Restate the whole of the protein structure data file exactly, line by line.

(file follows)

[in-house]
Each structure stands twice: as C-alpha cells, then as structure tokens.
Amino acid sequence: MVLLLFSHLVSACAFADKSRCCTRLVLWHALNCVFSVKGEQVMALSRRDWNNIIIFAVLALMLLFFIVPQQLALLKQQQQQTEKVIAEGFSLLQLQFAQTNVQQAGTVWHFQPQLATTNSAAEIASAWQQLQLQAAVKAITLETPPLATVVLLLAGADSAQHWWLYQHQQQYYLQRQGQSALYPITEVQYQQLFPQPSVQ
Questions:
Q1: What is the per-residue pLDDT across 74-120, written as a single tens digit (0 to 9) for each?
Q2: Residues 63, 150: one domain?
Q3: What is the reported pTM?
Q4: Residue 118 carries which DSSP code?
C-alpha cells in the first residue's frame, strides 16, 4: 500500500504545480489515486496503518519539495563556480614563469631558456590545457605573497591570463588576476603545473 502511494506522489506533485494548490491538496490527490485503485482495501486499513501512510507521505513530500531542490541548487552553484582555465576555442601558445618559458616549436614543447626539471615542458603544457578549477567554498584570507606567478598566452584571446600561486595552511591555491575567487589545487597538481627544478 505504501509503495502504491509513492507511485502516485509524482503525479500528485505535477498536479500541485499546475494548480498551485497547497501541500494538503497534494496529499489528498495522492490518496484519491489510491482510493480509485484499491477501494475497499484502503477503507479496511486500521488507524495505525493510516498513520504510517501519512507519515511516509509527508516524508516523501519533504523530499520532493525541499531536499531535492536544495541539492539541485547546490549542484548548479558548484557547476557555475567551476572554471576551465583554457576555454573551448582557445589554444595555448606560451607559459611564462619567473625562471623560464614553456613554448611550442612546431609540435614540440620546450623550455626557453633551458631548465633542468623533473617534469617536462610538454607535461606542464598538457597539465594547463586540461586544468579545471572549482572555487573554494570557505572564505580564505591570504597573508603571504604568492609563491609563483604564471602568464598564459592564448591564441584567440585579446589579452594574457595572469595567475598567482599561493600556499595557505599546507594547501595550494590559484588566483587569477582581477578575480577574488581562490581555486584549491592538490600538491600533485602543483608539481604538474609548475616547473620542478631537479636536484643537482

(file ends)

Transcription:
[in-house]
Each structure stands twice: as C-alpha cells, then as structure tokens.
Amino acid sequence: MVLLLFSHLVSACAFADKSRCCTRLVLWHALNCVFSVKGEQVMALSRRDWNNIIIFAVLALMLLFFIVPQQLALLKQQQQQTEKVIAEGFSLLQLQFAQTNVQQAGTVWHFQPQLATTNSAAEIASAWQQLQLQAAVKAITLETPPLATVVLLLAGADSAQHWWLYQHQQQYYLQRQGQSALYPITEVQYQQLFPQPSVQ
Questions:
Q1: What is the per-residue pLDDT across 74-120, written as a single tens digit (0 to 9) for each?
Q2: Residues 63, 150: one domain?
Q3: What is the reported pTM?
Q4: Residue 118 carries which DSSP code?
C-alpha cells in the first residue's frame, strides 16, 4: 500500500504545480489515486496503518519539495563556480614563469631558456590545457605573497591570463588576476603545473 502511494506522489506533485494548490491538496490527490485503485482495501486499513501512510507521505513530500531542490541548487552553484582555465576555442601558445618559458616549436614543447626539471615542458603544457578549477567554498584570507606567478598566452584571446600561486595552511591555491575567487589545487597538481627544478 505504501509503495502504491509513492507511485502516485509524482503525479500528485505535477498536479500541485499546475494548480498551485497547497501541500494538503497534494496529499489528498495522492490518496484519491489510491482510493480509485484499491477501494475497499484502503477503507479496511486500521488507524495505525493510516498513520504510517501519512507519515511516509509527508516524508516523501519533504523530499520532493525541499531536499531535492536544495541539492539541485547546490549542484548548479558548484557547476557555475567551476572554471576551465583554457576555454573551448582557445589554444595555448606560451607559459611564462619567473625562471623560464614553456613554448611550442612546431609540435614540440620546450623550455626557453633551458631548465633542468623533473617534469617536462610538454607535461606542464598538457597539465594547463586540461586544468579545471572549482572555487573554494570557505572564505580564505591570504597573508603571504604568492609563491609563483604564471602568464598564459592564448591564441584567440585579446589579452594574457595572469595567475598567482599561493600556499595557505599546507594547501595550494590559484588566483587569477582581477578575480577574488581562490581555486584549491592538490600538491600533485602543483608539481604538474609548475616547473620542478631537479636536484643537482